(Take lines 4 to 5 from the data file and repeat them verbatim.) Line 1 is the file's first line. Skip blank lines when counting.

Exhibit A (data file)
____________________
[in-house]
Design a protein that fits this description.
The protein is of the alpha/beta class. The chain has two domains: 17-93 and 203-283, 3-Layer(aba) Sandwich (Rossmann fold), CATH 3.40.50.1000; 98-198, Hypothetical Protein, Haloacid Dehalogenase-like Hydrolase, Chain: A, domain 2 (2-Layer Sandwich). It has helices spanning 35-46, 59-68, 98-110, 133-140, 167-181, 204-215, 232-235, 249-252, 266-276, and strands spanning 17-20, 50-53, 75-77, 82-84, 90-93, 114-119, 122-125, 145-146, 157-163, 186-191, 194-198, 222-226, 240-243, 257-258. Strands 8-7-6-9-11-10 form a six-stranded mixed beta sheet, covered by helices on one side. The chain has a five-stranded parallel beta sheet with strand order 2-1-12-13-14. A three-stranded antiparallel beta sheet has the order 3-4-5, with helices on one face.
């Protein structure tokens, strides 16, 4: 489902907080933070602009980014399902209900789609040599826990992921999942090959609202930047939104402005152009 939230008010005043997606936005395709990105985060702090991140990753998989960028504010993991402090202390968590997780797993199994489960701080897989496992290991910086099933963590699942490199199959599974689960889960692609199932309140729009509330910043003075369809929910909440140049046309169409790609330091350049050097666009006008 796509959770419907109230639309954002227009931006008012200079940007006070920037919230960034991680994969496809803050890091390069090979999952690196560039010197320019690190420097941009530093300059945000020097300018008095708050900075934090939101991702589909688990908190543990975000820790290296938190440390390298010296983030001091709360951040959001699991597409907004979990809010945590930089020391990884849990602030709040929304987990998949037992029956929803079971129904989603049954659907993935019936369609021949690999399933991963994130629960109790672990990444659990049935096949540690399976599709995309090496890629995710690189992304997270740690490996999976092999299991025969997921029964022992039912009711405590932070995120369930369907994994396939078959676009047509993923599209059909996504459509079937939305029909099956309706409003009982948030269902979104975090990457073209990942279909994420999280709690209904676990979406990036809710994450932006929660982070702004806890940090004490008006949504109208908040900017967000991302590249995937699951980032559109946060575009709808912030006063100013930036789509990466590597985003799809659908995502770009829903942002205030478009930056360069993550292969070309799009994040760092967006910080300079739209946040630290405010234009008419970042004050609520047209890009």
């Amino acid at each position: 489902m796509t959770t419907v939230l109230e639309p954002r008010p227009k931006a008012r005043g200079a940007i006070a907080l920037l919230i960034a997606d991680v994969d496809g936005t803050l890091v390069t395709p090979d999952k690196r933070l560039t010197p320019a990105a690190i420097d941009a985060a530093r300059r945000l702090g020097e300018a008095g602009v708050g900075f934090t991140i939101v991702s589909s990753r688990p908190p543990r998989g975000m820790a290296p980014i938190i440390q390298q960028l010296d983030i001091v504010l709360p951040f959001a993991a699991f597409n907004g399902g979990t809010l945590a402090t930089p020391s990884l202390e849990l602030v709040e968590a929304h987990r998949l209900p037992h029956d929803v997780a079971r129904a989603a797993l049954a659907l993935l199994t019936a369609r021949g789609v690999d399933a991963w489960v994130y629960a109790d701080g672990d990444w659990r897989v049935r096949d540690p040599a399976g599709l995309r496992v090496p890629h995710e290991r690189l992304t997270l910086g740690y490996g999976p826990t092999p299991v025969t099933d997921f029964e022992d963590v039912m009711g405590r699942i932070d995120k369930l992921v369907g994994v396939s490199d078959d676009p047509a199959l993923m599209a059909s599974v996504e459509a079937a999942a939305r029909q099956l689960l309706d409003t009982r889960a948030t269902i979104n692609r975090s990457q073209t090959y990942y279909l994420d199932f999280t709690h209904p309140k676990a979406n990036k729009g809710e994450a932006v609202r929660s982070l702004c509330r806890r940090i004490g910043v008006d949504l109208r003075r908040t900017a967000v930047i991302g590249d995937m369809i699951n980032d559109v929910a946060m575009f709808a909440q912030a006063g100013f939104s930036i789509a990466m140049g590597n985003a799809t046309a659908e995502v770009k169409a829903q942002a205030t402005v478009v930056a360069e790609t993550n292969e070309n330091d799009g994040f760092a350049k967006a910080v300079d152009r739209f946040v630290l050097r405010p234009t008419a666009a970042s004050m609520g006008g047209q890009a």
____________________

């Protein structure tokens, strides 16, 4: 489902907080933070602009980014399902209900789609040599826990992921999942090959609202930047939104402005152009 939230008010005043997606936005395709990105985060702090991140990753998989960028504010993991402090202390968590997780797993199994489960701080897989496992290991910086099933963590699942490199199959599974689960889960692609199932309140729009509330910043003075369809929910909440140049046309169409790609330091350049050097666009006008 796509959770419907109230639309954002227009931006008012200079940007006070920037919230960034991680994969496809803050890091390069090979999952690196560039010197320019690190420097941009530093300059945000020097300018008095708050900075934090939101991702589909688990908190543990975000820790290296938190440390390298010296983030001091709360951040959001699991597409907004979990809010945590930089020391990884849990602030709040929304987990998949037992029956929803079971129904989603049954659907993935019936369609021949690999399933991963994130629960109790672990990444659990049935096949540690399976599709995309090496890629995710690189992304997270740690490996999976092999299991025969997921029964022992039912009711405590932070995120369930369907994994396939078959676009047509993923599209059909996504459509079937939305029909099956309706409003009982948030269902979104975090990457073209990942279909994420999280709690209904676990979406990036809710994450932006929660982070702004806890940090004490008006949504109208908040900017967000991302590249995937699951980032559109946060575009709808912030006063100013930036789509990466590597985003799809659908995502770009829903942002205030478009930056360069993550292969070309799009994040760092967006910080300079739209946040630290405010234009008419970042004050609520047209890009």
């Amino acid at each position: 489902m796509t959770t419907v939230l109230e639309p954002r008010p227009k931006a008012r005043g200079a940007i006070a907080l920037l919230i960034a997606d991680v994969d496809g936005t803050l890091v390069t395709p090979d999952k690196r933070l560039t010197p320019a990105a690190i420097d941009a985060a530093r300059r945000l702090g020097e300018a008095g602009v708050g900075f934090t991140i939101v991702s589909s990753r688990p908190p543990r998989g975000m820790a290296p980014i938190i440390q390298q960028l010296d983030i001091v504010l709360p951040f959001a993991a699991f597409n907004g399902g979990t809010l945590a402090t930089p020391s990884l202390e849990l602030v709040e968590a929304h987990r998949l209900p037992h029956d929803v997780a079971r129904a989603a797993l049954a659907l993935l199994t019936a369609r021949g789609v690999d399933a991963w489960v994130y629960a109790d701080g672990d990444w659990r897989v049935r096949d540690p040599a399976g599709l995309r496992v090496p890629h995710e290991r690189l992304t997270l910086g740690y490996g999976p826990t092999p299991v025969t099933d997921f029964e022992d963590v039912m009711g405590r699942i932070d995120k369930l992921v369907g994994v396939s490199d078959d676009p047509a199959l993923m599209a059909s599974v996504e459509a079937a999942a939305r029909q099956l689960l309706d409003t009982r889960a948030t269902i979104n692609r975090s990457q073209t090959y990942y279909l994420d199932f999280t709690h209904p309140k676990a979406n990036k729009g809710e994450a932006v609202r929660s982070l702004c509330r806890r940090i004490g910043v008006d949504l109208r003075r908040t900017a967000v930047i991302g590249d995937m369809i699951n980032d559109v929910a946060m575009f709808a909440q912030a006063g100013f939104s930036i789509a990466m140049g590597n985003a799809t046309a659908e995502v770009k169409a829903q942002a205030t402005v478009v930056a360069e790609t993550n292969e070309n330091d799009g994040f760092a350049k967006a910080v300079d152009r739209f946040v630290l050097r405010p234009t008419a666009a970042s004050m609520g006008g047209q890009a």